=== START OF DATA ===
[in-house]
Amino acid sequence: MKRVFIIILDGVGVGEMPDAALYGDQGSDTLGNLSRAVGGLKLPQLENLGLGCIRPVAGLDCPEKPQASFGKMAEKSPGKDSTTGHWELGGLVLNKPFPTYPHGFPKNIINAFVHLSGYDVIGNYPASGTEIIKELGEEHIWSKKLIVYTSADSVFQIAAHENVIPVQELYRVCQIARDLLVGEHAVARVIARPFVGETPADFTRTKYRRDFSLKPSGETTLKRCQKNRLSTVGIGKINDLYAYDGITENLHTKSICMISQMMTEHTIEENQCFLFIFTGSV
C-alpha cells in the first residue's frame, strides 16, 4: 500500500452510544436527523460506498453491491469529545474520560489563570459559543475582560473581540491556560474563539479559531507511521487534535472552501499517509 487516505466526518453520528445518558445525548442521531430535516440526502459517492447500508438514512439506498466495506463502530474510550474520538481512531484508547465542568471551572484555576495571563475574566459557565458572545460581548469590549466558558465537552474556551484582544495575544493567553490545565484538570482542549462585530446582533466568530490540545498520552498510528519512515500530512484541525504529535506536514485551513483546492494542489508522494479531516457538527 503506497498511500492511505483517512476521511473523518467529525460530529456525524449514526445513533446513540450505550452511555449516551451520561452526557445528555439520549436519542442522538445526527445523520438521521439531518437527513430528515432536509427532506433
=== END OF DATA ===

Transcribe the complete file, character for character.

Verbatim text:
[in-house]
Amino acid sequence: MKRVFIIILDGVGVGEMPDAALYGDQGSDTLGNLSRAVGGLKLPQLENLGLGCIRPVAGLDCPEKPQASFGKMAEKSPGKDSTTGHWELGGLVLNKPFPTYPHGFPKNIINAFVHLSGYDVIGNYPASGTEIIKELGEEHIWSKKLIVYTSADSVFQIAAHENVIPVQELYRVCQIARDLLVGEHAVARVIARPFVGETPADFTRTKYRRDFSLKPSGETTLKRCQKNRLSTVGIGKINDLYAYDGITENLHTKSICMISQMMTEHTIEENQCFLFIFTGSV
C-alpha cells in the first residue's frame, strides 16, 4: 500500500452510544436527523460506498453491491469529545474520560489563570459559543475582560473581540491556560474563539479559531507511521487534535472552501499517509 487516505466526518453520528445518558445525548442521531430535516440526502459517492447500508438514512439506498466495506463502530474510550474520538481512531484508547465542568471551572484555576495571563475574566459557565458572545460581548469590549466558558465537552474556551484582544495575544493567553490545565484538570482542549462585530446582533466568530490540545498520552498510528519512515500530512484541525504529535506536514485551513483546492494542489508522494479531516457538527 503506497498511500492511505483517512476521511473523518467529525460530529456525524449514526445513533446513540450505550452511555449516551451520561452526557445528555439520549436519542442522538445526527445523520438521521439531518437527513430528515432536509427532506433